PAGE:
Archive for Home

Is It Safe?


It won’t be the first thing hospice asks you, but it’s important.

“Is it safe?”

The above was not a query from hospice, but the riveting question posed in the 1976 film Marathon Man. During a grim, crucial scene, Laurence Olivier’s menacing character demanded—as he wielded dental equipment in the worst way—to know if his scheme could be safely accomplished.

Dustin Hoffman’s “innocent man” paid an excruciating price for every hesitation, every uncertainty.

I sometimes thought of the Olivier-Hoffman confrontation when one of the hospice’s social workers announced a patient’s house was “safe.” During the discussion about a new patient entering hospice care, the “safe question” must be asked and answered.

Which is to say . . .

Read More →Facebooktwitterredditpinterestlinkedinmailby feather

Mr. Cantankerous Goes Home

You'll Accompany MeFinally, the husband and father came home.

With his family.

He had a “good death.”

His wife, who the patient said that he loved more than life itself, sat beside him until a breath became the final one.

Not yet fifty, he should have been fussing with his vintage Chevy, playing with his first grandkid, or renovating another house with his business partner. Instead, he was stuck in bed. Because he enjoyed rock-and-roll, a lot of music was played during his last days at home. In those precious moments, in those fading breaths, there was one particular song that . . .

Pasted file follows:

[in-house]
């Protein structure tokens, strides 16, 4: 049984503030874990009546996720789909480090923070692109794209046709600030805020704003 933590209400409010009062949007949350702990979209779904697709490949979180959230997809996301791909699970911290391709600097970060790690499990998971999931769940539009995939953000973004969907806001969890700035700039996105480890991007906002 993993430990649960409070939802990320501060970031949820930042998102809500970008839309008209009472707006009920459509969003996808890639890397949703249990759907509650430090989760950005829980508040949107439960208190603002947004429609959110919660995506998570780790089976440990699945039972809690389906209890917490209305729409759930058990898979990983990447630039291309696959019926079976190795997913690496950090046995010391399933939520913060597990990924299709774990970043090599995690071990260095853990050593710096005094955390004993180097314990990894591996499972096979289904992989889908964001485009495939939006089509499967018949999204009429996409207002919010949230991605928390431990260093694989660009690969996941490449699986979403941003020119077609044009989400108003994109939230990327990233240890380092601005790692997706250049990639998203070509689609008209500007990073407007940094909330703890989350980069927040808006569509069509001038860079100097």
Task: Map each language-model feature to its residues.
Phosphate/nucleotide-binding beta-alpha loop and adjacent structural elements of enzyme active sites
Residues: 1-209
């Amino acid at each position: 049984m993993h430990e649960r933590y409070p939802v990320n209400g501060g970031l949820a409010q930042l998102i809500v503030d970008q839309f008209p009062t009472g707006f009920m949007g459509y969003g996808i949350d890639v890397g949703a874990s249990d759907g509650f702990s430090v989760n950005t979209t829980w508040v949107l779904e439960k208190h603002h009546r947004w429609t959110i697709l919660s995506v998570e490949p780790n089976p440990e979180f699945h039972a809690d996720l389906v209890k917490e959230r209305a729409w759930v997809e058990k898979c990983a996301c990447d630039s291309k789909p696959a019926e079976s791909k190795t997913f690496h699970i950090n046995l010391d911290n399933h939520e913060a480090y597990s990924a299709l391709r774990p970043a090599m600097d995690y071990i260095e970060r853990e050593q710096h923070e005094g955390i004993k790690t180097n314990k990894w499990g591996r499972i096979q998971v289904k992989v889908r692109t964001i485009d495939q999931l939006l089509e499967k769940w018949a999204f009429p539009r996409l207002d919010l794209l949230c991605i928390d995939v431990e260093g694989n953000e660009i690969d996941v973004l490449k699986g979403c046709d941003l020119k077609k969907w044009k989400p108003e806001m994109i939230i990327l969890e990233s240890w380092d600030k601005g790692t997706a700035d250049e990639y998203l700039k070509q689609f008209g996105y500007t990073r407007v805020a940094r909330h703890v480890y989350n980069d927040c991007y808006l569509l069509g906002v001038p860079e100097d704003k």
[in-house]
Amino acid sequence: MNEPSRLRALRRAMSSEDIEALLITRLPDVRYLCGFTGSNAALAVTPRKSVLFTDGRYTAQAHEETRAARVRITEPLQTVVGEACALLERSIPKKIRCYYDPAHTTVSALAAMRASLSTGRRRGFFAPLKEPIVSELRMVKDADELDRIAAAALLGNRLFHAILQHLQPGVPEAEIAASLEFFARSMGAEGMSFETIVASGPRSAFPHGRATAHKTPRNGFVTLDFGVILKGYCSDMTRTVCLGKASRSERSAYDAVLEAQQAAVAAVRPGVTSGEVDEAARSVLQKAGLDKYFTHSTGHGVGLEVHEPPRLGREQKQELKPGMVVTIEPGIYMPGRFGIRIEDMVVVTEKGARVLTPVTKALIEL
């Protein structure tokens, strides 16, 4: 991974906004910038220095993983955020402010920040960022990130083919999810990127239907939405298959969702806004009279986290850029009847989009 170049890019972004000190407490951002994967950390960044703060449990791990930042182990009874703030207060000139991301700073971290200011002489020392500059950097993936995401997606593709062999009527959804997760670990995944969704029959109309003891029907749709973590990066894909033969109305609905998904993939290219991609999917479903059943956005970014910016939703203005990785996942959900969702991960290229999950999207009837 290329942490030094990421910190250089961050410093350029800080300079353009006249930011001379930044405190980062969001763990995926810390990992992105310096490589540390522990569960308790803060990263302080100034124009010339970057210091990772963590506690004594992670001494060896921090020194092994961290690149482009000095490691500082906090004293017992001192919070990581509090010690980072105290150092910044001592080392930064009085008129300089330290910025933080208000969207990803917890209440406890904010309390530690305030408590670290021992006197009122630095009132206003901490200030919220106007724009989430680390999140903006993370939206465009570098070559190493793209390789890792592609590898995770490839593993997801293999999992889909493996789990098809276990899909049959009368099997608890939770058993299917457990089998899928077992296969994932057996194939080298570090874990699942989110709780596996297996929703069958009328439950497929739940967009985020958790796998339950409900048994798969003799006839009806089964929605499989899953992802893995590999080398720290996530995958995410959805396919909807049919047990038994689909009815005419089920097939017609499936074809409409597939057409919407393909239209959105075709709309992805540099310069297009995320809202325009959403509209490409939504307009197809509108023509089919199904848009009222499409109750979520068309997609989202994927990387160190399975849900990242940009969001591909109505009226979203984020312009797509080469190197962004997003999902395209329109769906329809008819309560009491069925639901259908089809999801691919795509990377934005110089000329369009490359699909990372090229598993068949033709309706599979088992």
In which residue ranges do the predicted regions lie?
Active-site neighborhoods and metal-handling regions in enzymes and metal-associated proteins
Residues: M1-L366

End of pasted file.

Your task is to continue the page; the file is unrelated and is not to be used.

But I’m getting ahead of his story. It’s a story with a sad ending because a man too young dies. It’s also a story with a good enough ending, because of those four opening sentences. How I wish everyone’s death (old or young, rich or poor) had some version of those simple, blessed opening sentences. That won’t happen. Some deaths are hard. Some deaths strip a person or family from any opportunity to prepare or plan. Sometimes we deny impending death and then find ourselves grieving not just the person, but our own blindness or stubbornness. Read More →Facebooktwitterredditpinterestlinkedinmailby feather

Home Was Also Here

When I was a hospice chaplain . . .

The city hall in Cernovcy, Ukraine

The city hall in Cernovcy, Ukraine

I wanted to know where my patient was from so I brought a world atlas. He spoke only Russian; I spoke only English. Both of us were ministers. With his daughters translating, and an atlas to point fingers at, I hoped we could find the Ukrainian town where he’d been born and raised.

And we did. There, in the map’s tiny black print, we spotted Cernovcy. At the southern edge of the Carpathian Mountains and above the Romanian border, Cernovcy appeared to be halfway between Kiev, the capital of the Ukraine, and Budapest, the capital of Hungary. Two years ago, he had left that dot on the map to come to Fresno. He had left home, but home was also here. Here, where his daughters laughed as I spoke my only Russian word: “Da!” Here, where his wife silently smiled at my questions.

Here, where he was dying from cancer.

Here, where he was, even more, living with cancer. Read More →Facebooktwitterredditpinterestlinkedinmailby feather